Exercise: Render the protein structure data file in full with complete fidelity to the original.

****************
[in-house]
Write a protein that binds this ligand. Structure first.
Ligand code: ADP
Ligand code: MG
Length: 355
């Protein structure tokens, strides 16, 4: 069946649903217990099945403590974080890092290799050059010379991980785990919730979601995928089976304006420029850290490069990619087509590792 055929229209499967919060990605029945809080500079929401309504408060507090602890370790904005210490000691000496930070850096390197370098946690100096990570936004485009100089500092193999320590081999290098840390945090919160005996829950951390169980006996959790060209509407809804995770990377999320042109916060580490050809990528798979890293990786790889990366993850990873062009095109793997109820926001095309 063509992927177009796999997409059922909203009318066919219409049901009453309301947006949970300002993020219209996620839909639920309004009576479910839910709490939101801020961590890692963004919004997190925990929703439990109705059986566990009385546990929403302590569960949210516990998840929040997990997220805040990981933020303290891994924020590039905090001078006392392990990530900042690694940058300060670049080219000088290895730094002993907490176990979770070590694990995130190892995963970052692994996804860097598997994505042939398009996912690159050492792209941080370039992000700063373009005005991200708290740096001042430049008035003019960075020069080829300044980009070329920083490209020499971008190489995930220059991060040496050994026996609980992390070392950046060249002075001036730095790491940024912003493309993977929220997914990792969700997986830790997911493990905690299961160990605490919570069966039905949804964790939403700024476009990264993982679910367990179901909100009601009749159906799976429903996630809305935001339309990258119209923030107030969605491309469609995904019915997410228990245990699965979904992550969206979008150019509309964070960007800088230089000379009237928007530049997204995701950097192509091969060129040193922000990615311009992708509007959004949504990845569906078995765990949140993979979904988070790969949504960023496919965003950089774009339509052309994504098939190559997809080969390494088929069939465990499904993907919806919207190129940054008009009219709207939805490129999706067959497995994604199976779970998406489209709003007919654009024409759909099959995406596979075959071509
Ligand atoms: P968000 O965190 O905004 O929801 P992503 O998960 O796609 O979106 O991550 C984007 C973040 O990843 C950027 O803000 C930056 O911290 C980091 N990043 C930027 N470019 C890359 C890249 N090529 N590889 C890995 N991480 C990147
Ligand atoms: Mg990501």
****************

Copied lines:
[in-house]
Write a protein that binds this ligand. Structure first.
Ligand code: ADP
Ligand code: MG
Length: 355
């Protein structure tokens, strides 16, 4: 069946649903217990099945403590974080890092290799050059010379991980785990919730979601995928089976304006420029850290490069990619087509590792 055929229209499967919060990605029945809080500079929401309504408060507090602890370790904005210490000691000496930070850096390197370098946690100096990570936004485009100089500092193999320590081999290098840390945090919160005996829950951390169980006996959790060209509407809804995770990377999320042109916060580490050809990528798979890293990786790889990366993850990873062009095109793997109820926001095309 063509992927177009796999997409059922909203009318066919219409049901009453309301947006949970300002993020219209996620839909639920309004009576479910839910709490939101801020961590890692963004919004997190925990929703439990109705059986566990009385546990929403302590569960949210516990998840929040997990997220805040990981933020303290891994924020590039905090001078006392392990990530900042690694940058300060670049080219000088290895730094002993907490176990979770070590694990995130190892995963970052692994996804860097598997994505042939398009996912690159050492792209941080370039992000700063373009005005991200708290740096001042430049008035003019960075020069080829300044980009070329920083490209020499971008190489995930220059991060040496050994026996609980992390070392950046060249002075001036730095790491940024912003493309993977929220997914990792969700997986830790997911493990905690299961160990605490919570069966039905949804964790939403700024476009990264993982679910367990179901909100009601009749159906799976429903996630809305935001339309990258119209923030107030969605491309469609995904019915997410228990245990699965979904992550969206979008150019509309964070960007800088230089000379009237928007530049997204995701950097192509091969060129040193922000990615311009992708509007959004949504990845569906078995765990949140993979979904988070790969949504960023496919965003950089774009339509052309994504098939190559997809080969390494088929069939465990499904993907919806919207190129940054008009009219709207939805490129999706067959497995994604199976779970998406489209709003007919654009024409759909099959995406596979075959071509
Ligand atoms: P968000 O965190 O905004 O929801 P992503 O998960 O796609 O979106 O991550 C984007 C973040 O990843 C950027 O803000 C930056 O911290 C980091 N990043 C930027 N470019 C890359 C890249 N090529 N590889 C890995 N991480 C990147
Ligand atoms: Mg990501």